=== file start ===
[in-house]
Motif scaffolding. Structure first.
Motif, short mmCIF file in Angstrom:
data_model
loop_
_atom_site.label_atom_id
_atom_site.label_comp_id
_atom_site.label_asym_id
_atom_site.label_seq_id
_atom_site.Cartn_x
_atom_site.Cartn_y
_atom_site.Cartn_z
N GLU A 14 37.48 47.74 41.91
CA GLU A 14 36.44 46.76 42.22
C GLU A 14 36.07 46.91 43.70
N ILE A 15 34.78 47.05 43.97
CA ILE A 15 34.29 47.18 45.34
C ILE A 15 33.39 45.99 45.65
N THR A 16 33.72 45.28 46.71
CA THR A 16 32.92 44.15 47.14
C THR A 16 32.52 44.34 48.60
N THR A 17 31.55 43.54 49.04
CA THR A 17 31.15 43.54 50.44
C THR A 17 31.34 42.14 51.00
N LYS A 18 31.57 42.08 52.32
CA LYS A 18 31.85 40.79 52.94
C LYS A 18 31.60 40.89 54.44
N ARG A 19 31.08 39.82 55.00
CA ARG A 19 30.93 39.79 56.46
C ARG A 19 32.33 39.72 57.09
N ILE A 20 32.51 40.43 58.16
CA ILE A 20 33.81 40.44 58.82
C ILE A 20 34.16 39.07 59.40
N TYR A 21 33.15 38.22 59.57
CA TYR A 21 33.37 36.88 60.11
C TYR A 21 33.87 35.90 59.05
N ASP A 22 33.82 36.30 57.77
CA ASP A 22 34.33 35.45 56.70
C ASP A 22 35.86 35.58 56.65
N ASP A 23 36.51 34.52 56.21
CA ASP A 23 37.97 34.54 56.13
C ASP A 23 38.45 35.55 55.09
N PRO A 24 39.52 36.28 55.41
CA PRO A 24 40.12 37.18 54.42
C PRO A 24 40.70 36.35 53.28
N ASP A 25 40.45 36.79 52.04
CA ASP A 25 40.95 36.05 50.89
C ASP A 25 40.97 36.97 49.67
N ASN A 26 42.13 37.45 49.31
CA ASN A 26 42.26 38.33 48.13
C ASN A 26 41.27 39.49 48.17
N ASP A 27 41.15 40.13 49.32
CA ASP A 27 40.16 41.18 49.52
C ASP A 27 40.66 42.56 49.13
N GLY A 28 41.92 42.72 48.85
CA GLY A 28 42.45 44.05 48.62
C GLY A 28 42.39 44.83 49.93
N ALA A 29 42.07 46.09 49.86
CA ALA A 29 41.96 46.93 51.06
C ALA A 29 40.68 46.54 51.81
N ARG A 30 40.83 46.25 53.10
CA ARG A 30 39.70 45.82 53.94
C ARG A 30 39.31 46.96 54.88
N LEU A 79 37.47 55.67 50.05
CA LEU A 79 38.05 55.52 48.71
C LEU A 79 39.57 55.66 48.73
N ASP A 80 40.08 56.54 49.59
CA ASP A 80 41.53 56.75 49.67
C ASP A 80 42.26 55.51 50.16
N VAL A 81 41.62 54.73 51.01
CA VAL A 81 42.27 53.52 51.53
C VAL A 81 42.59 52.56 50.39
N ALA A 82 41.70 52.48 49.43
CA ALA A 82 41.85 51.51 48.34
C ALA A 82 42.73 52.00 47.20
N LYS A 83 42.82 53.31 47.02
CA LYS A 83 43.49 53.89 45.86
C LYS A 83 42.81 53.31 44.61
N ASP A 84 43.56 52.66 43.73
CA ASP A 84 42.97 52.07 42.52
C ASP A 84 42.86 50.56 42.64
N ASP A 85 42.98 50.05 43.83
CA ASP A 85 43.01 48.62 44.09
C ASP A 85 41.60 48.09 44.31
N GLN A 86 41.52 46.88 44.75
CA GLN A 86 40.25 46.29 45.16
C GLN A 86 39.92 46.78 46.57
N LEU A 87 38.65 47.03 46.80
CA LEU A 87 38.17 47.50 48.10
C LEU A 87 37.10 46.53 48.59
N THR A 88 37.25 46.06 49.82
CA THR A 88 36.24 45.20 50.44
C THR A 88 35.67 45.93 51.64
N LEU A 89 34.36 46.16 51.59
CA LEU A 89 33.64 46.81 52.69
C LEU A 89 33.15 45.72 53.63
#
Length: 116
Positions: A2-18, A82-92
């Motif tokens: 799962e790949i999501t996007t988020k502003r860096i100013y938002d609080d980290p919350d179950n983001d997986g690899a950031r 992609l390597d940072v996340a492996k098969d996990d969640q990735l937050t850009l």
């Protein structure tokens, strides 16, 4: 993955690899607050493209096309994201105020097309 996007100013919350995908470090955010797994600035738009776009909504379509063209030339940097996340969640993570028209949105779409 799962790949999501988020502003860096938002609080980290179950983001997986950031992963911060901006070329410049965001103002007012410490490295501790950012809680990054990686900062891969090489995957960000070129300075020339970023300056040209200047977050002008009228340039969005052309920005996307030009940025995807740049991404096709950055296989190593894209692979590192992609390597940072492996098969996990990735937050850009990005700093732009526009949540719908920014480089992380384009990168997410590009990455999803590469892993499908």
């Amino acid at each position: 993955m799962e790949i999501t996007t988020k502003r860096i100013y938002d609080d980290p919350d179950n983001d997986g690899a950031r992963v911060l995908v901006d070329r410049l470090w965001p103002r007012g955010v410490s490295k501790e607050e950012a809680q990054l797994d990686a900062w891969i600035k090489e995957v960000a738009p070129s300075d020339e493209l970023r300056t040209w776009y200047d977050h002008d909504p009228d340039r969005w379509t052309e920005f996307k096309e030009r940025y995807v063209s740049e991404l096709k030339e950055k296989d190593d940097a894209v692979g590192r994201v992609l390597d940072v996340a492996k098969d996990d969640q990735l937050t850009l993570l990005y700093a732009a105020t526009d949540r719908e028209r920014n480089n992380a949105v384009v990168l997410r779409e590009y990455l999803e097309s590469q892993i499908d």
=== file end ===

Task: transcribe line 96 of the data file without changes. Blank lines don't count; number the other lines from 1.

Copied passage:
C LEU A 89 33.15 45.72 53.63